The Cleveland Indians have not been involved in many rumors so far these Winter Meetings. What little news has found its way to MLB insiders mostly revolves around the Tribe front office sticking firmly to one-year deals for players such as Carlos Beltran, Matt Holliday, Mike Napoli, Mitch Moreland, and Michael Saunders. There are some interesting reports that they are working on a deal for Edwin Encarnacion, but even that is not likely to be the three or four year deal that he wants.
So what gives? Why are the Indians so reluctant to give players more than a year? Even Mike Napoli, who would have already signed with the Tribe if they offered a measly two years (according to Ken Rosenthal), is not making the Indians blink. The answer can be boiled down to one word: Arbitrationisreallyexpensivewhenyourcontrolledplayersaregoodandenteringthelateryearsoftheprocess.
The Indians have a young core, which rightfully receives a lot of praise. But having a young core also presents the false narrative that every player is cheap and under team control. Actual team control only lasts three seasons before arbitration sets in. And when it does, things get pricey fast.
Some star players, like Corey Kluber and Carlos Carrasco, signed early deals with the Tribe to avoid the whole arbitration process, but even they are not free. The former is owed $7.5 million next season, while the latter is owed $6.5 million. Tremendous deals for both players considering what they would make on the open market, but it all adds up to a roster will most likely eclipse $100 million in 2017, even before potential free agents are added in. According to Baseball Reference’s estimates, the Indians would have a payroll of $103.4 million in 2017 when the dust settles on arbitration.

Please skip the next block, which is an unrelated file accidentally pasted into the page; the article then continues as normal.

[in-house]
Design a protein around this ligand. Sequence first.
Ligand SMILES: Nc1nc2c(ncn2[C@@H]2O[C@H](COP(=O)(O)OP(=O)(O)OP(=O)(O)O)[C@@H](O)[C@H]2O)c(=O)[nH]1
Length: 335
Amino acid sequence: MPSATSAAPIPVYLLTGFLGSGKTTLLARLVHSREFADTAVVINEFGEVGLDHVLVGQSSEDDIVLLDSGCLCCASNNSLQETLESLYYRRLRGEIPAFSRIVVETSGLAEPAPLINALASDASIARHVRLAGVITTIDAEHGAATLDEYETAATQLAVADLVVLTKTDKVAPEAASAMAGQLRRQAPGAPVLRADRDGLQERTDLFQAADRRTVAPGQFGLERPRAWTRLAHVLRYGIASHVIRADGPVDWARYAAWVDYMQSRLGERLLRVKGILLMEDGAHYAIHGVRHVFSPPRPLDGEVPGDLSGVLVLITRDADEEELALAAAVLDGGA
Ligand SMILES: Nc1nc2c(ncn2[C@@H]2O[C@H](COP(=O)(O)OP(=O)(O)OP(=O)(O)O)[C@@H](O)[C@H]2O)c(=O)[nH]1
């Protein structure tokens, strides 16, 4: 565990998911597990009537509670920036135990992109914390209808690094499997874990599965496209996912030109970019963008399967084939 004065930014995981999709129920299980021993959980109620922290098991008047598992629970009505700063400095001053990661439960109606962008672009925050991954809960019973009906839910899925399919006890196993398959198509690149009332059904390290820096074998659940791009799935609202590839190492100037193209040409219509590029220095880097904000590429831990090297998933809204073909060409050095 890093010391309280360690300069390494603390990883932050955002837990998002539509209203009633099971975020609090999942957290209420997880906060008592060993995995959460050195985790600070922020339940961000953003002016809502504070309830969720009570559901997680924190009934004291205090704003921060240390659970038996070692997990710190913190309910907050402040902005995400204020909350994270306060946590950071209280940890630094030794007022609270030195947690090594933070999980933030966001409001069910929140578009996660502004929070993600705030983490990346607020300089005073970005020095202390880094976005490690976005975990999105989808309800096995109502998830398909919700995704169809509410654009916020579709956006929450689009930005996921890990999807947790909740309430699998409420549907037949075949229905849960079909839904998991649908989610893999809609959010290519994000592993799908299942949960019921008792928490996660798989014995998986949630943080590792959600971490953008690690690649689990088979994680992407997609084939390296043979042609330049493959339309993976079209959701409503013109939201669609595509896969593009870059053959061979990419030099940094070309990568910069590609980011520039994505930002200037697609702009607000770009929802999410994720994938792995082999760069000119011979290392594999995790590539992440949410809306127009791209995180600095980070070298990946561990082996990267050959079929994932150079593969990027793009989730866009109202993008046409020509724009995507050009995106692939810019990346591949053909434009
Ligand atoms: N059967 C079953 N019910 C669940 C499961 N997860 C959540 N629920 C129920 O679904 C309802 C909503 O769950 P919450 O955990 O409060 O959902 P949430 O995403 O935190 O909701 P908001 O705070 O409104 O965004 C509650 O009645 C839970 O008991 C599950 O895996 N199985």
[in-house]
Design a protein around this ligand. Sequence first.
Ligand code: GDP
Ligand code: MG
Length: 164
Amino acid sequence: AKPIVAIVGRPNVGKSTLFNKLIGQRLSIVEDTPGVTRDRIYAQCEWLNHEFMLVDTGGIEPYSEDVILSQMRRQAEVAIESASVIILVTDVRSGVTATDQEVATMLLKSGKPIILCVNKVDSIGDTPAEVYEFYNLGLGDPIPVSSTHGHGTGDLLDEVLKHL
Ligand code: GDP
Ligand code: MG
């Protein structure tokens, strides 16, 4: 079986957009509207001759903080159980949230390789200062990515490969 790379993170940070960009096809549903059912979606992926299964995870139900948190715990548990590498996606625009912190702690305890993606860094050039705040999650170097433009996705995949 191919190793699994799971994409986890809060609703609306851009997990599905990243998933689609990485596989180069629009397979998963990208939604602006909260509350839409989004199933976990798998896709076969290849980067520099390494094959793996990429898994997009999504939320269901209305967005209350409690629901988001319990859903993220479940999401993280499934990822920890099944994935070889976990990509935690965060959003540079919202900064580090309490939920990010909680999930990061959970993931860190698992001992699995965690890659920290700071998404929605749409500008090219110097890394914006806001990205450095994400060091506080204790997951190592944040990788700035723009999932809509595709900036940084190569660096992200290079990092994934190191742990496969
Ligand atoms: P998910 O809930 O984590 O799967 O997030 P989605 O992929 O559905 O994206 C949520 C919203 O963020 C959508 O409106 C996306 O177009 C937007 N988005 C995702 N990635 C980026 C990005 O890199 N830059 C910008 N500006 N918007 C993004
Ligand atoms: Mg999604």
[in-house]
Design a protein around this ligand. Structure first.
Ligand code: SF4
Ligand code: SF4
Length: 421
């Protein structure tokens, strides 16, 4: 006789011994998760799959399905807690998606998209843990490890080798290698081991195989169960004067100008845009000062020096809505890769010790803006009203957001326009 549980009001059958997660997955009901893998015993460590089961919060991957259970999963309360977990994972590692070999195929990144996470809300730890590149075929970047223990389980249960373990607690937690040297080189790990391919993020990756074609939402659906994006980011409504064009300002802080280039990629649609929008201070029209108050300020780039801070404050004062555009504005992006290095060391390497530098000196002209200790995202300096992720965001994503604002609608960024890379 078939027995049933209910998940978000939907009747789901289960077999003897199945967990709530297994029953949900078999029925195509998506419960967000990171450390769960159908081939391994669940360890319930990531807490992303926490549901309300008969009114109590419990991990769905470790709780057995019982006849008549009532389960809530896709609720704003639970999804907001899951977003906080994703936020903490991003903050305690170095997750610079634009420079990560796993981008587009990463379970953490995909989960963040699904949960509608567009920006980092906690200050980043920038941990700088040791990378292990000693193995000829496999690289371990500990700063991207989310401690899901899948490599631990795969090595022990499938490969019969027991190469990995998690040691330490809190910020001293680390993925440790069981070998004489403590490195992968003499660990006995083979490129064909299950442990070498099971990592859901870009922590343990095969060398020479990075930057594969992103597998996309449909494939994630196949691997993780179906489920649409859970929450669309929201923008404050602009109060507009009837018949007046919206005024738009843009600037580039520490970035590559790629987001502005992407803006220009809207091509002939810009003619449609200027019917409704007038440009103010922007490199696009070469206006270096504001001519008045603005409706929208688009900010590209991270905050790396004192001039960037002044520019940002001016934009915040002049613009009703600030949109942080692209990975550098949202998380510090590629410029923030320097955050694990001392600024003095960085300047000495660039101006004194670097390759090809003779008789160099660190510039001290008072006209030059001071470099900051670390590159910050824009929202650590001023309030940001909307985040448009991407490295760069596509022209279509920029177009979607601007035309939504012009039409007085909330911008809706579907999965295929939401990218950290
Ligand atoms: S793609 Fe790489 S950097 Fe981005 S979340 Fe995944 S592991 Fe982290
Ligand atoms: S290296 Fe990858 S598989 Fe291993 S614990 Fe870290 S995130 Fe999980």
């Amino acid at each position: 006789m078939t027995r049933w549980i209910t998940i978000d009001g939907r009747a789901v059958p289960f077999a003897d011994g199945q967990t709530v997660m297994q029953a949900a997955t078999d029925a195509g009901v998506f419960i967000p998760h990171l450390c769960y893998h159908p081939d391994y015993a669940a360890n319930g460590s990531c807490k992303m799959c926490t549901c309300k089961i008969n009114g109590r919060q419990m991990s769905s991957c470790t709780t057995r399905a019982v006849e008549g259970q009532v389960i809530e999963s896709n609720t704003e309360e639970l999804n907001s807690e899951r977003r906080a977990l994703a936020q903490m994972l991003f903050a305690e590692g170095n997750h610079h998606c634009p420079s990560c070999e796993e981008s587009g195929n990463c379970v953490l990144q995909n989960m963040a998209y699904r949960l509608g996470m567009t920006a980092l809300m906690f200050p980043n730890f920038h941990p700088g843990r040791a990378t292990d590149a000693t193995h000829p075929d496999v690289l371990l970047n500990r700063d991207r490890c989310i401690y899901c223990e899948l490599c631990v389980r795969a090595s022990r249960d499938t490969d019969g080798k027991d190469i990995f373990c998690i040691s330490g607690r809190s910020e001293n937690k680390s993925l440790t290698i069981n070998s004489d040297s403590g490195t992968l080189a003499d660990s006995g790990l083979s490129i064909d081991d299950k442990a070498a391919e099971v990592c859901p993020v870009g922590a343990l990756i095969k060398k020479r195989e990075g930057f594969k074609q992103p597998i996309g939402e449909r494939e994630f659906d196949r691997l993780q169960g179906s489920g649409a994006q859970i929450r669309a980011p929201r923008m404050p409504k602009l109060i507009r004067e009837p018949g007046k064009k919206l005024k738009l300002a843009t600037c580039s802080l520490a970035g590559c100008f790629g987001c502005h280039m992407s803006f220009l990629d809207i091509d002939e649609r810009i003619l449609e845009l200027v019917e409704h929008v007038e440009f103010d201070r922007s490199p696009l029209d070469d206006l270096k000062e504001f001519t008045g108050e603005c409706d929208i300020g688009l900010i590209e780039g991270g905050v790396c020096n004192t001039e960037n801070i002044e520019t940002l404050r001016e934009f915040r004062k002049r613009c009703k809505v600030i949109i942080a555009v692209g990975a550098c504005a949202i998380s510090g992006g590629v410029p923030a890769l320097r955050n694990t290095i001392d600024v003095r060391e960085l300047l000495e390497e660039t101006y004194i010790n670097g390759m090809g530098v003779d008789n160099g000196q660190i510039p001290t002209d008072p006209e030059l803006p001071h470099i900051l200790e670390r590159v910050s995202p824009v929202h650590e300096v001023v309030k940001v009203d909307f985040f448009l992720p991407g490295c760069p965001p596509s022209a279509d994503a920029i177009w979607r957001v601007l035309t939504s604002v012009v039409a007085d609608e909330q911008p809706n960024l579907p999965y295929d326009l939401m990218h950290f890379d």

And it only gets worse following the 2017 season. Lonnie Chisenhall, Zach McAllister, Cody Allen, and Brandon Guyer will all enter arbitration three, while Danny Salazar and Trevor Bauer will be entering their third year in 2018. Team options for Josh Tomlin and Michael Brantley will also come into play in 2018, while Carlos Santana will hit the free agent market.
If the Indians dedicate $20 million a season to Edwin Encarnacion, they are going to rely almost entirely on prospects to pan out in the next year or two. Locking that much money into a first baseman / designated hitter will most certainly keep them out of the free agent market until his money is off the books. The same things comes into play for Mike Napoli, or any other player who could be signed to a two- or three-year deal, just on a much smaller scale.
No matter what the Indians want to do this offseason, if it involves multi-year deals it is going to impact their ability to hold onto core players. While the Indians are in their window to win right now, obviously, they could undo a lot of past smart moves with one kneejerk transaction.